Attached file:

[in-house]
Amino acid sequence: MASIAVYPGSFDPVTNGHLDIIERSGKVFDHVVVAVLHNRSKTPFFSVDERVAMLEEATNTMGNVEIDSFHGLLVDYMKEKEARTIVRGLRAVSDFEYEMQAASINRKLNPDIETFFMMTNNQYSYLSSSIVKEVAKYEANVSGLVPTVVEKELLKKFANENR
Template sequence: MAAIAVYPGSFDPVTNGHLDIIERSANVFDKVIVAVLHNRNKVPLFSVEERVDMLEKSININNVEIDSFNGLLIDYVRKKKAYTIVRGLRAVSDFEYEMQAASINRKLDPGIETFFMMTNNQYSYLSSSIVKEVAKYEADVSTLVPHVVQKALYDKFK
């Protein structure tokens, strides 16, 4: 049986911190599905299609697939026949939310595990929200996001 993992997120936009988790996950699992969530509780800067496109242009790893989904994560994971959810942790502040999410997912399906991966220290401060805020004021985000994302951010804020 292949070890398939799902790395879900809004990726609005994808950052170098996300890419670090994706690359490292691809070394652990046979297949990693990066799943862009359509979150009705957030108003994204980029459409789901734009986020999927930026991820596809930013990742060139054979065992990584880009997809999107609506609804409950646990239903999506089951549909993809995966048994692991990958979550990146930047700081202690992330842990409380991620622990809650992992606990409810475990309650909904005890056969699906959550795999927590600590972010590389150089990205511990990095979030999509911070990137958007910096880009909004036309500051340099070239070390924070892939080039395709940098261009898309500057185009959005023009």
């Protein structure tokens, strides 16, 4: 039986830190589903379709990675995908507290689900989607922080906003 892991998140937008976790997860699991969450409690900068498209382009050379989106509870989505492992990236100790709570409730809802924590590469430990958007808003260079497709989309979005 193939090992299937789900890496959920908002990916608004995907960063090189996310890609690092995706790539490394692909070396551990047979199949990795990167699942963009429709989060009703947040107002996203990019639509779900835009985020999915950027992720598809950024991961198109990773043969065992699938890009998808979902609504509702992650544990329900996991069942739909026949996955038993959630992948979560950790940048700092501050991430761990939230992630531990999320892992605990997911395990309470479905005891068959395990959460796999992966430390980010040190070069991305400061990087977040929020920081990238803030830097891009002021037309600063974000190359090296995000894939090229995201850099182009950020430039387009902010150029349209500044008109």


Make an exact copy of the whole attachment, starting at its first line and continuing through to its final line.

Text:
[in-house]
Amino acid sequence: MASIAVYPGSFDPVTNGHLDIIERSGKVFDHVVVAVLHNRSKTPFFSVDERVAMLEEATNTMGNVEIDSFHGLLVDYMKEKEARTIVRGLRAVSDFEYEMQAASINRKLNPDIETFFMMTNNQYSYLSSSIVKEVAKYEANVSGLVPTVVEKELLKKFANENR
Template sequence: MAAIAVYPGSFDPVTNGHLDIIERSANVFDKVIVAVLHNRNKVPLFSVEERVDMLEKSININNVEIDSFNGLLIDYVRKKKAYTIVRGLRAVSDFEYEMQAASINRKLDPGIETFFMMTNNQYSYLSSSIVKEVAKYEADVSTLVPHVVQKALYDKFK
């Protein structure tokens, strides 16, 4: 049986911190599905299609697939026949939310595990929200996001 993992997120936009988790996950699992969530509780800067496109242009790893989904994560994971959810942790502040999410997912399906991966220290401060805020004021985000994302951010804020 292949070890398939799902790395879900809004990726609005994808950052170098996300890419670090994706690359490292691809070394652990046979297949990693990066799943862009359509979150009705957030108003994204980029459409789901734009986020999927930026991820596809930013990742060139054979065992990584880009997809999107609506609804409950646990239903999506089951549909993809995966048994692991990958979550990146930047700081202690992330842990409380991620622990809650992992606990409810475990309650909904005890056969699906959550795999927590600590972010590389150089990205511990990095979030999509911070990137958007910096880009909004036309500051340099070239070390924070892939080039395709940098261009898309500057185009959005023009």
């Protein structure tokens, strides 16, 4: 039986830190589903379709990675995908507290689900989607922080906003 892991998140937008976790997860699991969450409690900068498209382009050379989106509870989505492992990236100790709570409730809802924590590469430990958007808003260079497709989309979005 193939090992299937789900890496959920908002990916608004995907960063090189996310890609690092995706790539490394692909070396551990047979199949990795990167699942963009429709989060009703947040107002996203990019639509779900835009985020999915950027992720598809950024991961198109990773043969065992699938890009998808979902609504509702992650544990329900996991069942739909026949996955038993959630992948979560950790940048700092501050991430761990939230992630531990999320892992605990997911395990309470479905005891068959395990959460796999992966430390980010040190070069991305400061990087977040929020920081990238803030830097891009002021037309600063974000190359090296995000894939090229995201850099182009950020430039387009902010150029349209500044008109």